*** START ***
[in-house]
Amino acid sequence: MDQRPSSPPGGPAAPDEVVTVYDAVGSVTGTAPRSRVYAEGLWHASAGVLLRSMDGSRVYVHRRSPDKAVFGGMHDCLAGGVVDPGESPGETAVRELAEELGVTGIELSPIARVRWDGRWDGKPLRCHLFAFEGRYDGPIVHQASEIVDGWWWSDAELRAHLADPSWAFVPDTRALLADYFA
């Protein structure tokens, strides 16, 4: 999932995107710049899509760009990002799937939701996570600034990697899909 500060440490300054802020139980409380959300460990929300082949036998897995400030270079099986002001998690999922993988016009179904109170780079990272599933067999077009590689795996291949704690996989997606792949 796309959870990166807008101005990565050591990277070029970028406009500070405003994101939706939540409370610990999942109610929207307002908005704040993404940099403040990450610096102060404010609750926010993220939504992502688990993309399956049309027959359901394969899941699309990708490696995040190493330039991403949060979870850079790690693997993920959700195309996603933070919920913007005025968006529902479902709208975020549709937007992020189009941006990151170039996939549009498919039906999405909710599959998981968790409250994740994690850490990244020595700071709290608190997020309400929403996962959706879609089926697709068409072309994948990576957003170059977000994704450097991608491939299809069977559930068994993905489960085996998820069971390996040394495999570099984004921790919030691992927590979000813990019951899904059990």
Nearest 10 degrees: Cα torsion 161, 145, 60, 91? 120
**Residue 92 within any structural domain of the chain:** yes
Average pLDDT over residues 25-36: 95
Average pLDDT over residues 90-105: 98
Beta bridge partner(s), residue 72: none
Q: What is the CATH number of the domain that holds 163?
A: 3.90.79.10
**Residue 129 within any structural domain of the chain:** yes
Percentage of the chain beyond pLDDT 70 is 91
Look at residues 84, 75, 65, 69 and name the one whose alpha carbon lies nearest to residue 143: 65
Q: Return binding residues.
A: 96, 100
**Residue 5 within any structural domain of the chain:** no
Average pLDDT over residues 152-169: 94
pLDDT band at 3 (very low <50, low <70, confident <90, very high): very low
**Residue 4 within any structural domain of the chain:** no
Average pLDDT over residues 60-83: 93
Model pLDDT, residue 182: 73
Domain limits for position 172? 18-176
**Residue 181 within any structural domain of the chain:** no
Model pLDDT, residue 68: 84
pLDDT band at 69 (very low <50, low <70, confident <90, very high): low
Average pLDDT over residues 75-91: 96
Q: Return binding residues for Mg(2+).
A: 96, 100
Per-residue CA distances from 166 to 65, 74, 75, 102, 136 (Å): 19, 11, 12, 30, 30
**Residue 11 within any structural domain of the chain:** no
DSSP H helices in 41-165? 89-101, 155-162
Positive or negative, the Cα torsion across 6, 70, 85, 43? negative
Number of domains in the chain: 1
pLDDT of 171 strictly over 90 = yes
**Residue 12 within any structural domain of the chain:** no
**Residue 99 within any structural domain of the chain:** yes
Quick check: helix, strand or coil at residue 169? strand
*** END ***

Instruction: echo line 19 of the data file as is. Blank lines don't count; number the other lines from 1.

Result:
**Residue 4 within any structural domain of the chain:** no